More than two thousand books and articles have been written about the infamous court martial of French Jew Captain Alfred Dreyfus in 1894. While most histories focus on the case itself, Michael Burns provides a broader view, chronicling the emergence of the Dreyfus family as wealthy cotton manufacturers in Alsace, examining the case in great detail, and then following up on the roles the Dreyfus family and his supporters played in both world wars.

The Dreyfus family story has as much relevance today as it did at the turn of the century––not just in France where anti-Semitism has never gone away and has resurfaced recently in deadly fashion, not just in Europe––ditto its presence, but in the United States as well.

For those who forgot the short mention of the Dreyfus affair in their European History class, it is important to recall that at a young age Alfred Dreyfus became dedicated to France and to the French military, and he never waivered in that dedication. Despite his loyalty, Dreyfus was convicted of spying for France’s bitter enemy Germany, which had humiliated France in 1870 and taken part of Alsace as its reward.

The Dreyfus case coincided with the growing antagonism to Jews in France, as a result of their increasing integration into mainstream French society in general and in the ranks of the French military in particular. The plot, hatched by clerical and nationalist elements in the military and supported by vocal anti-Semites, led to Dreyfus spending five years on Devil’s Island off the coast of French Guiana. Dreyfus endured incredible deprivation, which Burns details, and barely survived. Yet, as a result of a campaign led by his brother Mathieu and the strength he gained from the support of his wife Lucie, Dreyfus survived to face a second court martial. Although he was convicted a second time, as the facts of his innocence had begun to emerge, he was eventually pardoned and his military rank was restored.

Jews world-wide know of the Dreyfus case because a Hungarian journalist who covered the initial trail cited it as an influence in his decision to join the nascent Zionist movement. Theodore Herzl (1860-1904) was apparently influenced not just by the case itself but also by the massive public outcry he witnessed against Dreyfus and against French Jews. Chants of “Death to Jews,” he wrote, were heard throughout the country.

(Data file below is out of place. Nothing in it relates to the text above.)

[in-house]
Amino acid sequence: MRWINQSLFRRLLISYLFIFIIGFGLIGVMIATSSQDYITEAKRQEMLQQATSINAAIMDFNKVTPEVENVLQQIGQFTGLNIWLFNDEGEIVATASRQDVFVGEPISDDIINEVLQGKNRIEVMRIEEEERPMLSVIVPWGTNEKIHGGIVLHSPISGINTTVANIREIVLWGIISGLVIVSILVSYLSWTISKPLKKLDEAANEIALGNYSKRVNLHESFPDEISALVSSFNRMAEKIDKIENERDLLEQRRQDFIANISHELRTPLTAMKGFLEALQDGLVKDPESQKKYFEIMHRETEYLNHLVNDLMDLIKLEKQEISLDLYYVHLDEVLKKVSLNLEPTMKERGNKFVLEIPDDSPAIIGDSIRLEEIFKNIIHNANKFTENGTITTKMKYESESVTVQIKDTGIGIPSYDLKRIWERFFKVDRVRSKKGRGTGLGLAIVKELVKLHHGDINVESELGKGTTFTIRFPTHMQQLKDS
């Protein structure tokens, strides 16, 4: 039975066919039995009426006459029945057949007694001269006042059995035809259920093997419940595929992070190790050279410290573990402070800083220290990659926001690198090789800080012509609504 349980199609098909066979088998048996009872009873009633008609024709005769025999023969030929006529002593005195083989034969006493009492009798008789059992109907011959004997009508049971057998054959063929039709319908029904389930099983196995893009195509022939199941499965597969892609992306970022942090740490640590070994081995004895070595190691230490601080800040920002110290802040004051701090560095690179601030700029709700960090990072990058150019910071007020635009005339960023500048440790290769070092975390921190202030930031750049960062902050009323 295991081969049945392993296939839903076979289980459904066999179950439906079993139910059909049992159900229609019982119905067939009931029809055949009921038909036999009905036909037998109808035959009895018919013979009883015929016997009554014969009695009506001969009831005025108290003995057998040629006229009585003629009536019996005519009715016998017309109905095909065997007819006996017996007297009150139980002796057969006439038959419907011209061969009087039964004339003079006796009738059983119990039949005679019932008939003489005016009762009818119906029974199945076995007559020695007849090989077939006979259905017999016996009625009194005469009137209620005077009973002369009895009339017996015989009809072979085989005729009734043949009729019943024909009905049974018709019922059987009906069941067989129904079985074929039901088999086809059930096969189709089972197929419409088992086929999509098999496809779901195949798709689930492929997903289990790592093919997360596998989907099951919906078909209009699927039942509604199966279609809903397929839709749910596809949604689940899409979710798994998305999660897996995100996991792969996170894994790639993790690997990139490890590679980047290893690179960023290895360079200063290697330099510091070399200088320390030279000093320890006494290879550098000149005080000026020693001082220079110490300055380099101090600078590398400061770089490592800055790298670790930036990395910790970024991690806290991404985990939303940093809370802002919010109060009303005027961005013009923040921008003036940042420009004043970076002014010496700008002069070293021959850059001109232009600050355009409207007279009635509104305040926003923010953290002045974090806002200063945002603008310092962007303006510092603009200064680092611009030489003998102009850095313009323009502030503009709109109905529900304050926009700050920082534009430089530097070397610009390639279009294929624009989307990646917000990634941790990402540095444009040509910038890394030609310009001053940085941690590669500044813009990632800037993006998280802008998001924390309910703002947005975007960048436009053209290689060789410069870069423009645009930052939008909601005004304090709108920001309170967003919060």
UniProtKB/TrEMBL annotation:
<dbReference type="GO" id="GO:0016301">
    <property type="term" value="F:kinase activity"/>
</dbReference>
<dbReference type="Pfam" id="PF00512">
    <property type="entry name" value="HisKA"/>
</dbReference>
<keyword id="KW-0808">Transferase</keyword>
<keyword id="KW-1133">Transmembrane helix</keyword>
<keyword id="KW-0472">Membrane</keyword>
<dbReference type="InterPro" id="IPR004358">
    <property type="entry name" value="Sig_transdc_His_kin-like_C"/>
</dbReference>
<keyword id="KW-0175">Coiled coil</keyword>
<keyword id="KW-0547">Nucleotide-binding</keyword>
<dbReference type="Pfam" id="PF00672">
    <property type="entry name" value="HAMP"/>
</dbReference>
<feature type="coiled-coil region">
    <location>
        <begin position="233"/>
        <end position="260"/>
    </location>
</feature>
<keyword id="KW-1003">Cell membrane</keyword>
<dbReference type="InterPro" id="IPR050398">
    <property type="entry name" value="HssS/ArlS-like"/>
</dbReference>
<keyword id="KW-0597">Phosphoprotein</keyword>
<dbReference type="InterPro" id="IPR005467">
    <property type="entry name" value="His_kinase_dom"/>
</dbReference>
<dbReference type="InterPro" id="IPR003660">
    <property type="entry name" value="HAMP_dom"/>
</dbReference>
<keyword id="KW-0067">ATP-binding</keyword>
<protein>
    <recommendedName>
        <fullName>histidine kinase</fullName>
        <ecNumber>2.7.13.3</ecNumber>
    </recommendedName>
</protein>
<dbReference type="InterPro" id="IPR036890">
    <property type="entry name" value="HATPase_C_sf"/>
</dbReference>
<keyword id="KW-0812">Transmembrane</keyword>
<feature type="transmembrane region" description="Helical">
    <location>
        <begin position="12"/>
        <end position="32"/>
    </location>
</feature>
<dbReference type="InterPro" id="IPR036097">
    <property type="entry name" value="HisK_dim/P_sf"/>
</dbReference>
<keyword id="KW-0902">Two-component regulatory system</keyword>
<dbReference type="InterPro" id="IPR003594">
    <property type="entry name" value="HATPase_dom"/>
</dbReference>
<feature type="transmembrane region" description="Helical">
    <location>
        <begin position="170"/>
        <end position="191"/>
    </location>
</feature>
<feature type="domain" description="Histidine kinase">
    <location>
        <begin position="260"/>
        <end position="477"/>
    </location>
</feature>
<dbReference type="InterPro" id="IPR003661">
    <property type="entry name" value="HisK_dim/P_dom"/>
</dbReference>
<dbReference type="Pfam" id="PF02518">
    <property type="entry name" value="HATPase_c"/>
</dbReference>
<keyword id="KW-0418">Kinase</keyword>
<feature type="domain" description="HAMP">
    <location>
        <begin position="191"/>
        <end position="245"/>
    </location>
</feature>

The irony of the Dreyfus case was that the Dreyfusards––those who believed in Dreyfus innocence, downplayed the anti-Semitic motivation of his framers. The Dreyfus family had taken advantage of France’s emancipation of the Jews to become wealthy and to take advantage of the open doors to French society. Along the way, their Judaism was reduced to the equivalent of a regional family affiliation. At family funerals even Kaddish, the prayer cited for the dead, had to be recited in French.

The consequences of the Dreyfus’ family’s unwavering devotion to France was that several young men of the next generation including Mathieu’s son Emile, went to their deaths fighting for France in the first world war, and Alfred, who never fully recovered his health, insisted in returning to his post and put his life in danger defending Paris.

Despite the contributions of the Dreyfus family to that war, they were again victimized by French anti-Semite allies of the Nazis who helped send tens of thousands of French Jews, including those with medals for valor in the First World War, to Auschwitz.

Burns does not offer conclusions based on his thorough research, nor should he. That’s not the historian’s job. Conclusions based on the Dreyfus case are nevertheless the domain of reviewers.

In this reviewer’s humble opinion, the lesson of the Dreyfus case is that the promise of the French Revolution for Jews––emancipation and unrestricted opportunity––was never fulfilled. Yes, there were periods where Jews prospered and made inroads, but always at the expense of their commitment to Judaism, and always in the face of an undercurrent of resentment and hostility from those who needed a scapegoat for failures personal and national. Again and again, the undercurrent of resentment came to the surface whenever conditions justified the need for someone to blame.